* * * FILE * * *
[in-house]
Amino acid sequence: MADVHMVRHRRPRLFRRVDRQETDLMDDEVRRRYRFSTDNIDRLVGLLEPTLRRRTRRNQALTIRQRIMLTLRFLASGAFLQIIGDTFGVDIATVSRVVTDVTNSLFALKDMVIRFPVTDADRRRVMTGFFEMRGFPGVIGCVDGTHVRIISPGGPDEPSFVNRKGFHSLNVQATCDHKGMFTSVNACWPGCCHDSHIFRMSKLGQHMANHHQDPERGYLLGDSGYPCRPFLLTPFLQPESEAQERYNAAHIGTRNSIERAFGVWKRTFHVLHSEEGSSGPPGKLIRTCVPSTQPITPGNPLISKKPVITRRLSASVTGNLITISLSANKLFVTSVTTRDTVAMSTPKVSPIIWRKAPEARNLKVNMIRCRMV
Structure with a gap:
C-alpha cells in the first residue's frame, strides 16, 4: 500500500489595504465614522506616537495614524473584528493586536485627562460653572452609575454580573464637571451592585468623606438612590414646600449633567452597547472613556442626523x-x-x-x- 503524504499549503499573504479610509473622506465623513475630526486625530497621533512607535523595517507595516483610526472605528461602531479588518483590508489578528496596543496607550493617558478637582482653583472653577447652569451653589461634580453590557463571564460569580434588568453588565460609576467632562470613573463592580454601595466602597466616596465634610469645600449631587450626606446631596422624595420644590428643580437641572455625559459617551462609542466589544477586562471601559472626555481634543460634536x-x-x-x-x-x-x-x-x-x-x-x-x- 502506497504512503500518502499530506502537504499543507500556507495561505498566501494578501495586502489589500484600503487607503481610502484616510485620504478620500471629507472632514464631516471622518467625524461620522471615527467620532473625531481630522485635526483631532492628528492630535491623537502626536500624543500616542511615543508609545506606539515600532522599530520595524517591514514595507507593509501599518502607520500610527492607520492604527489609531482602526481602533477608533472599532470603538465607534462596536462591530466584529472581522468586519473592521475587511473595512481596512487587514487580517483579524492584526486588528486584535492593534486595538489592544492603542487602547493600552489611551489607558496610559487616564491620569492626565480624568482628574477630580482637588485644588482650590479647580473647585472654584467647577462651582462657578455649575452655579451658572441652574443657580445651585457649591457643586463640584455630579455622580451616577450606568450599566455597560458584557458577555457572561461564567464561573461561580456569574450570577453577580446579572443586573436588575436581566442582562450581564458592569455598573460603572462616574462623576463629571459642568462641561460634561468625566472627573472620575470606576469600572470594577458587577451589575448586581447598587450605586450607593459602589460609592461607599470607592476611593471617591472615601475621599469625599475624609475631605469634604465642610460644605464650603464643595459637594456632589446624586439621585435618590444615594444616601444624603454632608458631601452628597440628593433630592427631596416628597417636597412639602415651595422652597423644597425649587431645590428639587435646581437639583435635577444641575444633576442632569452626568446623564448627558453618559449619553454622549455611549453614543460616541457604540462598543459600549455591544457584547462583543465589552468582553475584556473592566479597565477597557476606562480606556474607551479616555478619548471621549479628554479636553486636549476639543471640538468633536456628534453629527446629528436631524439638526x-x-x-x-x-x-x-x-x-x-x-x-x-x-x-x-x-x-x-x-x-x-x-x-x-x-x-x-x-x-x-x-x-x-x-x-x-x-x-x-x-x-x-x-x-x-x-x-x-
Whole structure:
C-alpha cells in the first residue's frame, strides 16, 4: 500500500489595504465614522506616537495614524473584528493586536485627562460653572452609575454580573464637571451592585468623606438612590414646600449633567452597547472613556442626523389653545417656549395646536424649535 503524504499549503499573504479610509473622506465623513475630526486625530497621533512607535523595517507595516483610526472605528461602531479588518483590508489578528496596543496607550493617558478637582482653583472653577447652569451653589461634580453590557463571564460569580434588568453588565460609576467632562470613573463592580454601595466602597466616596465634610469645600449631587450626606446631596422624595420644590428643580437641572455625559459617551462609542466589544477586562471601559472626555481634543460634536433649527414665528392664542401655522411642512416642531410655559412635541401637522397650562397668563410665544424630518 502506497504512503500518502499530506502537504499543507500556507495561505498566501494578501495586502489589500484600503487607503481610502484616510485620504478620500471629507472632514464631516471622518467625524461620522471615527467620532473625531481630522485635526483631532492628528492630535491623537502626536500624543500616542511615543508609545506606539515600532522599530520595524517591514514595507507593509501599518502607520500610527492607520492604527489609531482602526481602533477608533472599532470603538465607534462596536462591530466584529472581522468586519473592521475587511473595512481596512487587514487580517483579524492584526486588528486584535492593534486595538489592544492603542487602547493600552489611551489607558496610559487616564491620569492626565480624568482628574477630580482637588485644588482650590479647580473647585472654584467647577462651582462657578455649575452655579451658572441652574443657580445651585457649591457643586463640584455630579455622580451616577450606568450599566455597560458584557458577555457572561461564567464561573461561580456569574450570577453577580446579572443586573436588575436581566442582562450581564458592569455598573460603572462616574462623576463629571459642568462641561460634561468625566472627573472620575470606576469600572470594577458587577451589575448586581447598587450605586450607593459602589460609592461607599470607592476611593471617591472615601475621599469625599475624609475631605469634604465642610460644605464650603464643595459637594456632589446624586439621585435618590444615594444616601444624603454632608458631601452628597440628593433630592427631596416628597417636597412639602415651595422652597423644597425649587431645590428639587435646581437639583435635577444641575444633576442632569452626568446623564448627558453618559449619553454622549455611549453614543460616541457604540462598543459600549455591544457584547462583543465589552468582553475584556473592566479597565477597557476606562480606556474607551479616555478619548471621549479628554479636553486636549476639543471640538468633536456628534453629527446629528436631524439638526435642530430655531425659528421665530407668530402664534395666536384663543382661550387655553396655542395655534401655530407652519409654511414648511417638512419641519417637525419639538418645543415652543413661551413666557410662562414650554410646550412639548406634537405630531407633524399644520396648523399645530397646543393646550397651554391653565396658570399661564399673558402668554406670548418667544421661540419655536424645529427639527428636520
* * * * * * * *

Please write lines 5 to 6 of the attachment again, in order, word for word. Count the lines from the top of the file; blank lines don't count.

Whole structure:
C-alpha cells in the first residue's frame, strides 16, 4: 500500500489595504465614522506616537495614524473584528493586536485627562460653572452609575454580573464637571451592585468623606438612590414646600449633567452597547472613556442626523389653545417656549395646536424649535 503524504499549503499573504479610509473622506465623513475630526486625530497621533512607535523595517507595516483610526472605528461602531479588518483590508489578528496596543496607550493617558478637582482653583472653577447652569451653589461634580453590557463571564460569580434588568453588565460609576467632562470613573463592580454601595466602597466616596465634610469645600449631587450626606446631596422624595420644590428643580437641572455625559459617551462609542466589544477586562471601559472626555481634543460634536433649527414665528392664542401655522411642512416642531410655559412635541401637522397650562397668563410665544424630518 502506497504512503500518502499530506502537504499543507500556507495561505498566501494578501495586502489589500484600503487607503481610502484616510485620504478620500471629507472632514464631516471622518467625524461620522471615527467620532473625531481630522485635526483631532492628528492630535491623537502626536500624543500616542511615543508609545506606539515600532522599530520595524517591514514595507507593509501599518502607520500610527492607520492604527489609531482602526481602533477608533472599532470603538465607534462596536462591530466584529472581522468586519473592521475587511473595512481596512487587514487580517483579524492584526486588528486584535492593534486595538489592544492603542487602547493600552489611551489607558496610559487616564491620569492626565480624568482628574477630580482637588485644588482650590479647580473647585472654584467647577462651582462657578455649575452655579451658572441652574443657580445651585457649591457643586463640584455630579455622580451616577450606568450599566455597560458584557458577555457572561461564567464561573461561580456569574450570577453577580446579572443586573436588575436581566442582562450581564458592569455598573460603572462616574462623576463629571459642568462641561460634561468625566472627573472620575470606576469600572470594577458587577451589575448586581447598587450605586450607593459602589460609592461607599470607592476611593471617591472615601475621599469625599475624609475631605469634604465642610460644605464650603464643595459637594456632589446624586439621585435618590444615594444616601444624603454632608458631601452628597440628593433630592427631596416628597417636597412639602415651595422652597423644597425649587431645590428639587435646581437639583435635577444641575444633576442632569452626568446623564448627558453618559449619553454622549455611549453614543460616541457604540462598543459600549455591544457584547462583543465589552468582553475584556473592566479597565477597557476606562480606556474607551479616555478619548471621549479628554479636553486636549476639543471640538468633536456628534453629527446629528436631524439638526435642530430655531425659528421665530407668530402664534395666536384663543382661550387655553396655542395655534401655530407652519409654511414648511417638512419641519417637525419639538418645543415652543413661551413666557410662562414650554410646550412639548406634537405630531407633524399644520396648523399645530397646543393646550397651554391653565396658570399661564399673558402668554406670548418667544421661540419655536424645529427639527428636520